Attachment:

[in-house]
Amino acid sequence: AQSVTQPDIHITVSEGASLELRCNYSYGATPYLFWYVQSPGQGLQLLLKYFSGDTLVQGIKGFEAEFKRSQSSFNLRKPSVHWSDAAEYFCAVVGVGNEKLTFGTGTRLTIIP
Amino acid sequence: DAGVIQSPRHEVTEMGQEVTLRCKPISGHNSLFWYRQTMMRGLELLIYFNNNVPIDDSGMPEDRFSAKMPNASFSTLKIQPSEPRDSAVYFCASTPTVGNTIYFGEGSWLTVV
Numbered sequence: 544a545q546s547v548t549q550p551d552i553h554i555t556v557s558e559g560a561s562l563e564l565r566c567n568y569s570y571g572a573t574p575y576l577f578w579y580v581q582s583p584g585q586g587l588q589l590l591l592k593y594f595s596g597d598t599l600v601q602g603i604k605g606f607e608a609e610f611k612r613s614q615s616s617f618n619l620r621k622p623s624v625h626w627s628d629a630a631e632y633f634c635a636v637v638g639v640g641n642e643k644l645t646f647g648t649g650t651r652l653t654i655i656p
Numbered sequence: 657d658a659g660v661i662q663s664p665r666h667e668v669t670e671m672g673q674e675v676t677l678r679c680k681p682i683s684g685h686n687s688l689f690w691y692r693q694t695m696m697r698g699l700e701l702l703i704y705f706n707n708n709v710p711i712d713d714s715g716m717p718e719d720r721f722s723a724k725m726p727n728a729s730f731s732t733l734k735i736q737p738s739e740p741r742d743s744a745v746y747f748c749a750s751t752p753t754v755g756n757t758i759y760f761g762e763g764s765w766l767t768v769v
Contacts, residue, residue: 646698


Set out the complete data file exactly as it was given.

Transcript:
[in-house]
Amino acid sequence: AQSVTQPDIHITVSEGASLELRCNYSYGATPYLFWYVQSPGQGLQLLLKYFSGDTLVQGIKGFEAEFKRSQSSFNLRKPSVHWSDAAEYFCAVVGVGNEKLTFGTGTRLTIIP
Amino acid sequence: DAGVIQSPRHEVTEMGQEVTLRCKPISGHNSLFWYRQTMMRGLELLIYFNNNVPIDDSGMPEDRFSAKMPNASFSTLKIQPSEPRDSAVYFCASTPTVGNTIYFGEGSWLTVV
Numbered sequence: 544a545q546s547v548t549q550p551d552i553h554i555t556v557s558e559g560a561s562l563e564l565r566c567n568y569s570y571g572a573t574p575y576l577f578w579y580v581q582s583p584g585q586g587l588q589l590l591l592k593y594f595s596g597d598t599l600v601q602g603i604k605g606f607e608a609e610f611k612r613s614q615s616s617f618n619l620r621k622p623s624v625h626w627s628d629a630a631e632y633f634c635a636v637v638g639v640g641n642e643k644l645t646f647g648t649g650t651r652l653t654i655i656p
Numbered sequence: 657d658a659g660v661i662q663s664p665r666h667e668v669t670e671m672g673q674e675v676t677l678r679c680k681p682i683s684g685h686n687s688l689f690w691y692r693q694t695m696m697r698g699l700e701l702l703i704y705f706n707n708n709v710p711i712d713d714s715g716m717p718e719d720r721f722s723a724k725m726p727n728a729s730f731s732t733l734k735i736q737p738s739e740p741r742d743s744a745v746y747f748c749a750s751t752p753t754v755g756n757t758i759y760f761g762e763g764s765w766l767t768v769v
Contacts, residue, residue: 646698